History

Founded in 1883, by Daniel J. Harris, the “Dirty Dan” of local lore and legend. He named this area Fair Haven from the native “see-see-lich-em”, meaning “safe port” or “quiet place”. Since the 1890s Fairhaven has experienced booms and busts. The 21st century has ushered Historic Fairhaven into its most dramatic building boom since the 1800s. The hundred year old buildings have been joined by modern structures, housing condos, offices, artist studios, shops, hotels and restaurants. The diversity and individuality that forged the area 130 years ago lives on.
Settled in 1853 Fairhaven was one of four early towns that consolidated in 1904 to create the City of Bellingham. In the late 19th century Fairhaven experienced a series of boom and busts, in part due to anticipation by real estate investors who were led to believe that the town would become the terminu of the Great Northern Railroad.

By 1890, Fairhaven was a thriving city. The boom busted, however, when Seattle was chosen as the terminus and the national Panic of 1893 and subsequent changes to liquor laws during Prohibition caused Fairhaven’s vitality to wane.

During the 20th century Fairhaven’s deep-water frontage proved ideal for manufacturing because of its access to coal and timber. Its lumber and shingle mills and large salmon cannery were among the area’s prime industries.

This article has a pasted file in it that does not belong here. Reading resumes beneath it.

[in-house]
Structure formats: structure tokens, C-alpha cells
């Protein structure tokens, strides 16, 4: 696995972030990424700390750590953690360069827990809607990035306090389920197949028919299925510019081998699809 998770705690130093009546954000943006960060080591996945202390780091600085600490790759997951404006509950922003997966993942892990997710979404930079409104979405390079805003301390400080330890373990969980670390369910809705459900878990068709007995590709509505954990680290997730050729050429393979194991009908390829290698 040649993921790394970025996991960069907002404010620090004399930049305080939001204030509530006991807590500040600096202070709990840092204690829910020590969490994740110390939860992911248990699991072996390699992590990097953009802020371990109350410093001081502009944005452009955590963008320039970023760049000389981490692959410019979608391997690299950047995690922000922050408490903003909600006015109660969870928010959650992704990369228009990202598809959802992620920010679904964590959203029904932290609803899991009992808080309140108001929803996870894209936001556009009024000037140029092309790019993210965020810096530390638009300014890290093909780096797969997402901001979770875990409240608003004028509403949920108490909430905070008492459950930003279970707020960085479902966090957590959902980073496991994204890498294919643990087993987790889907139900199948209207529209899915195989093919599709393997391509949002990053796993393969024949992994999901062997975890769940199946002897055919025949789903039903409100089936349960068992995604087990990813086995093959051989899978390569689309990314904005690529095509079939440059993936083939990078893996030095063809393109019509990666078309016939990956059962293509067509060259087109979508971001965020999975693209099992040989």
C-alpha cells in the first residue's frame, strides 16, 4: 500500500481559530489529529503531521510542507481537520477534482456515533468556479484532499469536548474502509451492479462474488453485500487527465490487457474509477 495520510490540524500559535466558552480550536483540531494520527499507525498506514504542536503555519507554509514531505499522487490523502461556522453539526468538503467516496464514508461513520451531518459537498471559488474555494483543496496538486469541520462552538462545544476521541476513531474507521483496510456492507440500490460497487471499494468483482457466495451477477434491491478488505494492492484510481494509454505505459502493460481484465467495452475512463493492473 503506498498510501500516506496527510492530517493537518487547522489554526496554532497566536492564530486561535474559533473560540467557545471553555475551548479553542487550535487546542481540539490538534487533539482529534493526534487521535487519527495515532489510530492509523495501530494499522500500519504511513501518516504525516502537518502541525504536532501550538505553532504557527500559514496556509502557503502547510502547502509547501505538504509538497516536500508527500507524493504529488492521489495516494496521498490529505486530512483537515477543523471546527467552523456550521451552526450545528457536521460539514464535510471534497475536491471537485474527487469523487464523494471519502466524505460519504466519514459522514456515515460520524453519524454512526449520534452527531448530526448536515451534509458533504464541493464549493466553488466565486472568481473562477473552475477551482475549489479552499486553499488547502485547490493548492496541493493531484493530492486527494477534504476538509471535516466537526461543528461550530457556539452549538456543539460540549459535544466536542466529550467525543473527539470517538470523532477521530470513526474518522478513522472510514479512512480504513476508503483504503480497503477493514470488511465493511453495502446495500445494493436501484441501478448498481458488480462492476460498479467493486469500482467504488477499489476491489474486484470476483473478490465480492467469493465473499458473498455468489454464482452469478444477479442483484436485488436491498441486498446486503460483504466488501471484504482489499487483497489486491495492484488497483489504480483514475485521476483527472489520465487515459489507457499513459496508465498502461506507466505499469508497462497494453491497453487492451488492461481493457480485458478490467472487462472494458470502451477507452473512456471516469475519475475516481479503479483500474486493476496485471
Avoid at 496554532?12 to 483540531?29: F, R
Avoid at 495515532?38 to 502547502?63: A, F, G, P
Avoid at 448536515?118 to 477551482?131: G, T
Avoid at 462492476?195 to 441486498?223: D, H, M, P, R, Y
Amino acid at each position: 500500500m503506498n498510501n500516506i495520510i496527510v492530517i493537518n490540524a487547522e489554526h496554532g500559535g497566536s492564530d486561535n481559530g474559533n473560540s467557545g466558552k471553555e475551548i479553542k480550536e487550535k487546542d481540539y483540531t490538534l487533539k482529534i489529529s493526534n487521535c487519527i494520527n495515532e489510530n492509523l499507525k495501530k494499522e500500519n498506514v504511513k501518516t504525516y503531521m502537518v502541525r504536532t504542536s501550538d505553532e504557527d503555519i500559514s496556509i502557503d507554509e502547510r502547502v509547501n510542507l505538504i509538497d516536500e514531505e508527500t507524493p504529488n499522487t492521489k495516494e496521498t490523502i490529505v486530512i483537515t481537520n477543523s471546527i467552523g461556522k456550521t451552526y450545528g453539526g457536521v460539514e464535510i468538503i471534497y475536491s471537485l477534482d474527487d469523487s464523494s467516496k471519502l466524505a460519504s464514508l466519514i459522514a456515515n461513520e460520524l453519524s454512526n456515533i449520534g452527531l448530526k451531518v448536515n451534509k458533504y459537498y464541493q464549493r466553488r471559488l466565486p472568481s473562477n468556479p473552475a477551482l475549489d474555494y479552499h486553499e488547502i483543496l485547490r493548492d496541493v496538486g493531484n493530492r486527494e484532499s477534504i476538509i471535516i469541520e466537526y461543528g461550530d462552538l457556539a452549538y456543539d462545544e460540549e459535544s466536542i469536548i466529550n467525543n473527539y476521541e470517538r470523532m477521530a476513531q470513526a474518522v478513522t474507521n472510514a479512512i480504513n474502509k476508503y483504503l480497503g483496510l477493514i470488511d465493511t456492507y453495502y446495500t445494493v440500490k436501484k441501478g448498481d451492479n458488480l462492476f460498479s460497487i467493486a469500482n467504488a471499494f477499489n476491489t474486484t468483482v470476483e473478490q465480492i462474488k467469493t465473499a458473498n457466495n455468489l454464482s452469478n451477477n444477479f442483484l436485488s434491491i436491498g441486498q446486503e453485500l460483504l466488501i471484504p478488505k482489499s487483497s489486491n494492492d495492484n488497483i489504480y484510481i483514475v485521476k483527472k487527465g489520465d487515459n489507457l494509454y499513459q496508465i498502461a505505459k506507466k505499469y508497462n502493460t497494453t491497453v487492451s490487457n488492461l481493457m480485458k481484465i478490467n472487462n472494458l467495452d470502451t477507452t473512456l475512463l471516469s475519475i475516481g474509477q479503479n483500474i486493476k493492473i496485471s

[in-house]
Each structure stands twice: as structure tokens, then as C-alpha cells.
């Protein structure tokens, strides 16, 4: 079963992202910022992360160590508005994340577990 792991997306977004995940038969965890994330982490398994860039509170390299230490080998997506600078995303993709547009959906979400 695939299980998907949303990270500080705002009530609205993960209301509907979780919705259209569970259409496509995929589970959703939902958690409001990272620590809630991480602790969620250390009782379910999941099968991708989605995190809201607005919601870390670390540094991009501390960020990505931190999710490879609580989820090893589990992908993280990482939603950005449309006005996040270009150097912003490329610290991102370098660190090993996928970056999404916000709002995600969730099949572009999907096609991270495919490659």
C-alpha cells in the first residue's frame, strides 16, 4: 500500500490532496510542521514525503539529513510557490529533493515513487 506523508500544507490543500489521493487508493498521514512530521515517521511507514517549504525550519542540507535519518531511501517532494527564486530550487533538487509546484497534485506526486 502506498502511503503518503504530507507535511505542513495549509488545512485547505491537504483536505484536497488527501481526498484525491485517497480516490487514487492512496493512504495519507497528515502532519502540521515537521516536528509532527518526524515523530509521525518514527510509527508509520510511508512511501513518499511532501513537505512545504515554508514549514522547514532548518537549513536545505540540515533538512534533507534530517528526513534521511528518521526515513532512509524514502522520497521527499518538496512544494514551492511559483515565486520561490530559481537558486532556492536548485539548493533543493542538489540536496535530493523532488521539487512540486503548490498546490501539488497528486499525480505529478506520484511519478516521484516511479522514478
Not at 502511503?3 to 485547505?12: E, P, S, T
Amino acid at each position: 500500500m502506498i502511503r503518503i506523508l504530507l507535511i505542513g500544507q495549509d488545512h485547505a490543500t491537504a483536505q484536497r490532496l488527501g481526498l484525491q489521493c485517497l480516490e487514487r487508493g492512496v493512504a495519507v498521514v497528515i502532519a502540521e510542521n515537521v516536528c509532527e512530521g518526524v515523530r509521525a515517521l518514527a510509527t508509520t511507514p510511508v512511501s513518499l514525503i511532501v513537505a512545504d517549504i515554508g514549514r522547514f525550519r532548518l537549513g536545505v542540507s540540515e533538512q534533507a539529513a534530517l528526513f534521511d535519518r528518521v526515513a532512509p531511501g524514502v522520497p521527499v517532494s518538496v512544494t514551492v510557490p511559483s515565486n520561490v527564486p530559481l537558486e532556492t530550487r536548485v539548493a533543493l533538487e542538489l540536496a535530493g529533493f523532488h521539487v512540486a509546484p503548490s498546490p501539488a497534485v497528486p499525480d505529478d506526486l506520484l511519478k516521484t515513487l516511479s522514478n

After WWII Fairhaven’s population declined when business and industry shifted to downtown Bellingham.

In the early 1970s Fairhaven experienced a renaissance and 1977 was designated as a National Historic District. The village includes 17 historic buildings built between 1888 and 1929.

What remains today of Fiarhaven’s once-thriving commercial center is a relatively small core, but our community derives a strong sense of identity from our history.

To learn more about the characters and events that have shaped Fairhaven please visit:
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